Smoking not more common in movies than US population
(NORTHBROOK, IL, August 8, 2005) - New research shows that lower-class, nonsuccessful "bad guys" smoke more often in movies than wealthy movie heroes, a finding that contradicts previous research examining smoking in the movies. A study published in the August issue of CHEST, the peer-reviewed journal of the American College of Chest Physicians, is the first objective, prospective analysis to quantify the prevalence of smoking in contemporary American movies and show that smoking is not more common in movies than in the general US population.
"Most investigators have concluded that smoking is portrayed as glamorous and positive, but our study shows that the exact opposite is true," said the study's lead author, Karan Omidvari, MD, FCCP, Heart and Vascular Institute, St. Michael's Medical Center, Newark, NJ. "Additionally, different studies in the past have subjectively concluded that movies are attempting to influence different groups of minorities to smoke. We have contradicted these findings as well."
To quantify the prevalence of smoking in movies, researchers from New York, NY, San Diego, CA, New Orleans, LA, and Stanford, CA recorded the smoking habits of the five leading characters in all top-10 box office movies made after 1990 that portray United States society in the 1990s. Movies in the analysis included Armageddon, There's Something About Mary, As Good As It Gets, Independence Day, and Jerry Maguire. Among the 447 movies included in the study, 193 were R-rated, 131 were PG-13-rated, and 123 were PG-rated (science-fiction and animated movies were excluded, because they are not meant to portray reality). Results show that the prevalence of smoking in the movies is the same as the prevalence of smoking in US society (23.3% vs 21.8%). Male characters were more likely to smoke than female characters (25.5% vs 20.5%) and whites were far more likely to smoke than minorities (38.9% vs 29.4%). Researchers also discovered that 35.7% of antagonists smoked compared to 20.6% of protagonists, and 48.2% of characters who smoked were in the lower socioeconomic class, 22.9% were in the middle class, and 10.5% were in the upper class. These findings indicate that the unsuccessful and unglamorous characters light up in movies more than middle class, successful characters.
"Movies have long been shown to have a significant effect on smoking behavior," said D. Robert McCaffree, MD, Master FCCP, President of The CHEST Foundation.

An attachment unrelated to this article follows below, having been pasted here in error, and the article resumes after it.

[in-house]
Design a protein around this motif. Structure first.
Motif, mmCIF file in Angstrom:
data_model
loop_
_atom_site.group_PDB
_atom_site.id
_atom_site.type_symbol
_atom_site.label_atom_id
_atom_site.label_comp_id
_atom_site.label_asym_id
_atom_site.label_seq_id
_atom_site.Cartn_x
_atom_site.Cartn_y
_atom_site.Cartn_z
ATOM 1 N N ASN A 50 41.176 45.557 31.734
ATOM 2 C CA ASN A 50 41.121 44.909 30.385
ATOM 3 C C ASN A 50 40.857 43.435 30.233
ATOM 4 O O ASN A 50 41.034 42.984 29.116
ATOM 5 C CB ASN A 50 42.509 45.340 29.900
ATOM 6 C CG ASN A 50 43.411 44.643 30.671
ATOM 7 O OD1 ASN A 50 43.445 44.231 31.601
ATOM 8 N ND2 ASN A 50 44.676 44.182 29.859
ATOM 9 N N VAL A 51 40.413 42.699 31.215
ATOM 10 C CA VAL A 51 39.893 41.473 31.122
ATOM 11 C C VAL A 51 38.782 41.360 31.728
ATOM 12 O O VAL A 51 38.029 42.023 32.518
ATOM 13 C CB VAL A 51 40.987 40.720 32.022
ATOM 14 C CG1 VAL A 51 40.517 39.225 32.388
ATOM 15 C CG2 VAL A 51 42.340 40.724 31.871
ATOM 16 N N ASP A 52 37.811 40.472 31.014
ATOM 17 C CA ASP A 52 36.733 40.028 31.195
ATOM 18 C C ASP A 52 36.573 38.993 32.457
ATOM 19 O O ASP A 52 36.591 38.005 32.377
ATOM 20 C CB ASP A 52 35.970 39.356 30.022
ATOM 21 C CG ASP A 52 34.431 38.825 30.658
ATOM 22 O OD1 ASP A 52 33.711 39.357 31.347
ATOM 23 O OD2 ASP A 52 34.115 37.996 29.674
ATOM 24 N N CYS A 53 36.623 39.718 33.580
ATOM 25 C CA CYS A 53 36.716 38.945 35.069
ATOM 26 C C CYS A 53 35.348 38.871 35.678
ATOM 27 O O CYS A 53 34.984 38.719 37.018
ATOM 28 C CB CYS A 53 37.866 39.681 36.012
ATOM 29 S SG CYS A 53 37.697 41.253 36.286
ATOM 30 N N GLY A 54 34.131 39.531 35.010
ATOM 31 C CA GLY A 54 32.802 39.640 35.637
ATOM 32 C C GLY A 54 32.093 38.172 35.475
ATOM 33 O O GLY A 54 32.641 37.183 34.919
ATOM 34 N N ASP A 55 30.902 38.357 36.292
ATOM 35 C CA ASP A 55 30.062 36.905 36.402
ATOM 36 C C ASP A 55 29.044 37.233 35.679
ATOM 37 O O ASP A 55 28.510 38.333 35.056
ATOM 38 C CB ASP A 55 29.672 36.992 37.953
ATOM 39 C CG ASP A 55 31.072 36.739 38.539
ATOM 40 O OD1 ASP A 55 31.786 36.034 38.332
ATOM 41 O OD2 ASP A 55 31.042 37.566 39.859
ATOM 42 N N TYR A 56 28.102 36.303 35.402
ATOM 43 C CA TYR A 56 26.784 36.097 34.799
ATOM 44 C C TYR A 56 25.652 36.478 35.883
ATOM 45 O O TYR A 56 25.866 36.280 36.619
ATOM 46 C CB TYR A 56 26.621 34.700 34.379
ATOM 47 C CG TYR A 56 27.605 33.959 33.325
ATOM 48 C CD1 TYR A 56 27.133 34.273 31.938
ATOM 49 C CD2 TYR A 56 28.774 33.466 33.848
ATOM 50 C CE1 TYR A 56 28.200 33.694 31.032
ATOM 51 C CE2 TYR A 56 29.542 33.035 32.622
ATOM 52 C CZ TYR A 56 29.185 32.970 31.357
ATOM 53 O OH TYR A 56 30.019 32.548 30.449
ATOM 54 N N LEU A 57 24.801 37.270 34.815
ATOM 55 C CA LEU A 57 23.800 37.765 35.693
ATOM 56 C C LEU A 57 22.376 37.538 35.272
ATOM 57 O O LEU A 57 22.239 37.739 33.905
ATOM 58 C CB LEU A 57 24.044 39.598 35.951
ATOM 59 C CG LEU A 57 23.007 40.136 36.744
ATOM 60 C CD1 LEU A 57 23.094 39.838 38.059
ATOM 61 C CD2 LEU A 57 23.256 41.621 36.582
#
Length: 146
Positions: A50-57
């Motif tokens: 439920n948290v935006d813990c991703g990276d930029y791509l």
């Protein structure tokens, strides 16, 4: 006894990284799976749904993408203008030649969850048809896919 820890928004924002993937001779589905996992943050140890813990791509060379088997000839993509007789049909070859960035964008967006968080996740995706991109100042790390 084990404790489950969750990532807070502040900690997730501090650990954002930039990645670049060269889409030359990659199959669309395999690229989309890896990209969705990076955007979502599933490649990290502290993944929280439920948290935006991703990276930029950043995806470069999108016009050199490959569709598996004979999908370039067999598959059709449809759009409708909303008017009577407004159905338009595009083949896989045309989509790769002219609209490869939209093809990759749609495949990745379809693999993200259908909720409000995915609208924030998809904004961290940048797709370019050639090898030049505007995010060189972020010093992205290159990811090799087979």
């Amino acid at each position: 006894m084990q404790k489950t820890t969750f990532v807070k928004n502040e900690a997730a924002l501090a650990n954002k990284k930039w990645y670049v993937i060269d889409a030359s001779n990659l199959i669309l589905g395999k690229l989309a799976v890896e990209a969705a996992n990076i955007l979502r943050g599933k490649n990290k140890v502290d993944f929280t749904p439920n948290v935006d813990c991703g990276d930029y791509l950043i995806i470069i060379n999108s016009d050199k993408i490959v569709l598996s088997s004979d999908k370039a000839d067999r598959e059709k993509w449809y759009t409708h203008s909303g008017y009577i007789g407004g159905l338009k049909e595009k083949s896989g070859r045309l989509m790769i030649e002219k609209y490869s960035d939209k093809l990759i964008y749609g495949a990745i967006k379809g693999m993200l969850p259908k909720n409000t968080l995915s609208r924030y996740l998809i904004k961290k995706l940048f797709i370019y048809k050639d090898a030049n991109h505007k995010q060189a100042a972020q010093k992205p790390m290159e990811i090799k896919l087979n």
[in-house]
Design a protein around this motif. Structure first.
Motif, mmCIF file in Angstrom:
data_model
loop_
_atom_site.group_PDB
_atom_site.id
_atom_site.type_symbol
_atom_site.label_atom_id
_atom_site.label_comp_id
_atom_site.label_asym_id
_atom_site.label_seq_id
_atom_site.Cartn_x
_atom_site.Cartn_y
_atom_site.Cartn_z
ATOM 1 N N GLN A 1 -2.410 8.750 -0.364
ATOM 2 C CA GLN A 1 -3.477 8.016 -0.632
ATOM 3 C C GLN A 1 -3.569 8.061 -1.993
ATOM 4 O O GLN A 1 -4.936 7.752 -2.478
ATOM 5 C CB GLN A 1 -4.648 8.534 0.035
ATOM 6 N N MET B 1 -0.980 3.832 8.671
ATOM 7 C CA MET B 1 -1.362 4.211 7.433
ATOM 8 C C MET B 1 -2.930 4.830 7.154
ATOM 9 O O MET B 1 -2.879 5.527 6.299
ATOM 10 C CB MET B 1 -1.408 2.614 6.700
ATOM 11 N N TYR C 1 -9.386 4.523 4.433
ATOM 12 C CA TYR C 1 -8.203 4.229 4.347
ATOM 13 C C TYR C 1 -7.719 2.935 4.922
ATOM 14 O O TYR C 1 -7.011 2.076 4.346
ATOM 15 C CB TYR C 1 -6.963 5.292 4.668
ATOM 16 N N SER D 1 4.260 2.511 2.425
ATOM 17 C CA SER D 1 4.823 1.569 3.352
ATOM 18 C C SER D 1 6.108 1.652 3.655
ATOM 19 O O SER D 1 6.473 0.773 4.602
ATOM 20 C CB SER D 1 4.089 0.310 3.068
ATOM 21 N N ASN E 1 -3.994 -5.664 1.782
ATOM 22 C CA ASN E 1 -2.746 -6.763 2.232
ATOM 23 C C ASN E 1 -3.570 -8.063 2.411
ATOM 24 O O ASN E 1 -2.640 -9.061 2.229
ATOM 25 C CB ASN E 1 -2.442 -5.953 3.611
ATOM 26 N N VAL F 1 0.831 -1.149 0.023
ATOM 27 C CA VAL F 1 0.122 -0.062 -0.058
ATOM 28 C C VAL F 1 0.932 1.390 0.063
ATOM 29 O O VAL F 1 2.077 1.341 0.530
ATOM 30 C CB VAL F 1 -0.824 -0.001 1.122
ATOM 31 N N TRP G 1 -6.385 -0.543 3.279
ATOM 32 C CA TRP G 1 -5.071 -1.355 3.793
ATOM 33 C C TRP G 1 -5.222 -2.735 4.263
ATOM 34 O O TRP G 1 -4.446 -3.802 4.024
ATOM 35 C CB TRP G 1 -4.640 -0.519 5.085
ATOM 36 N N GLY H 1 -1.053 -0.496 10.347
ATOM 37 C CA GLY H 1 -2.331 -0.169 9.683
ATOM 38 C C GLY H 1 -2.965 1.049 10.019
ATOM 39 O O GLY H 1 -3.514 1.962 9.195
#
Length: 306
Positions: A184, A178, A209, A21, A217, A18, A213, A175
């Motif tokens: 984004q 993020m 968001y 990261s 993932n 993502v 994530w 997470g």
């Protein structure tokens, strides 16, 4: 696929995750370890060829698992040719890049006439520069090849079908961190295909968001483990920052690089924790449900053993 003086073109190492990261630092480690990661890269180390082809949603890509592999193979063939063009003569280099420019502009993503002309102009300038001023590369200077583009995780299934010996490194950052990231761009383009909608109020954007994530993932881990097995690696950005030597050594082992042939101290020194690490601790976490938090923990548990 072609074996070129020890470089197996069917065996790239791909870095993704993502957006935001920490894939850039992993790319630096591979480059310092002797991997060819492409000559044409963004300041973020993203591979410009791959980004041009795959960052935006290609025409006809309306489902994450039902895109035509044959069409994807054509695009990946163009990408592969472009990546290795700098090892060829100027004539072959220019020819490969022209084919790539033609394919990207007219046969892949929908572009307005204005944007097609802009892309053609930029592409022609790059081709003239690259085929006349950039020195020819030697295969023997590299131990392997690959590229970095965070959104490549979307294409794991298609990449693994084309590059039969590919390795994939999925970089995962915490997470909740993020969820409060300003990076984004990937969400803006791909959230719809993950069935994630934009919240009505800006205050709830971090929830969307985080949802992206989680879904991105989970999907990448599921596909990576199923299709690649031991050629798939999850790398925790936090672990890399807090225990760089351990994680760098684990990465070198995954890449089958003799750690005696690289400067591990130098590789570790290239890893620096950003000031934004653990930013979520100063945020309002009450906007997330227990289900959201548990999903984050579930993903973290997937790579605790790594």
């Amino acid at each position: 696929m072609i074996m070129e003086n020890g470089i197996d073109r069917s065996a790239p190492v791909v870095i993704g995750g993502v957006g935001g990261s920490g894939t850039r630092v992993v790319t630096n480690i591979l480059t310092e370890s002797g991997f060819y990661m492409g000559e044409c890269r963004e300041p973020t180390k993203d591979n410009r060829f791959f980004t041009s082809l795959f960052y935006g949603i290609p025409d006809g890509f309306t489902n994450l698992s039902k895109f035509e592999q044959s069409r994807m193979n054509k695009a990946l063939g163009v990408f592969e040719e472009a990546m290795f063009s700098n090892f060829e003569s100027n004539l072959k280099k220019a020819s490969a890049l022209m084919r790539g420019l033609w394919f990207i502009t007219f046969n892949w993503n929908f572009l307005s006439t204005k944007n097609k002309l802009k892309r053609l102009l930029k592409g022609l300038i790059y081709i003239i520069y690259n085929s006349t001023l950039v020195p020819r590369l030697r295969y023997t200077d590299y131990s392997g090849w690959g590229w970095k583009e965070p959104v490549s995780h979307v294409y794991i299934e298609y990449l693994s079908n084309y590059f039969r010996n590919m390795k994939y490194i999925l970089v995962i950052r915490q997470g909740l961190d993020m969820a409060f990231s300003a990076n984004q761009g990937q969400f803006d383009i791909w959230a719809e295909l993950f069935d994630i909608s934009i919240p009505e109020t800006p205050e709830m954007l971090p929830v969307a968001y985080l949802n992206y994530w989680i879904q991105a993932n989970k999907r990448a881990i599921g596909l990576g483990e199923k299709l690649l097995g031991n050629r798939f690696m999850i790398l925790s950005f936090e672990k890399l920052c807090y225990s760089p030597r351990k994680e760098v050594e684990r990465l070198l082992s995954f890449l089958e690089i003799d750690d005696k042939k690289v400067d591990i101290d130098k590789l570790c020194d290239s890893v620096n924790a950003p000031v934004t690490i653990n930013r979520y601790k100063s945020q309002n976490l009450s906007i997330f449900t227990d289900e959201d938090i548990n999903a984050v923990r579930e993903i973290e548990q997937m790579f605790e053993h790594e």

"This study updates our previous understanding and emphasizes the need for change in this area, including increasing antitobacco messages in coming attractions and films to help educate the public-especially children and young adults-about the harmful consequences of smoking."
"R-rated movies, which are the overwhelming majority of the movies made and watched by most people, have a higher prevalence of smoking than movies rated PG and PG-13," said Dr. Omidvari. "Independent movie-makers, who work outside the Hollywood system, are much more callous and "guilty" when it comes to portraying smoking indiscriminately."
Smoking was especially prevalent in R-rated and independent movies, which both surpassed the smoking rates in US society. Lead characters smoked in 37.3% of R-rated movies, compared to 16.2% of PG-13 movies and 8.1% of PG movies. An even larger gap was found between R-rated, independent, and studio movies, with 46.2% of independent movies containing smoking among the lead characters, compared to 18.2% of studio movies' lead characters. The greatest smoking rates were found in R-rated independent movies, of which half contained smoking (49.8%).
"Children and adults of all ages can be influenced by what they view in movies," said Paul A. Kvale, MD, FCCP, President of the American College of Chest Physicians. "This study emphasizes the need for responsible filmmaking when it comes to portraying smoking, which is an extremely addicting and deadly habit."
Source: Eurekalert & othersLast reviewed: By John M. Grohol, Psy.D. on 21 Feb 2009
Published on PsychCentral.com. All rights reserved.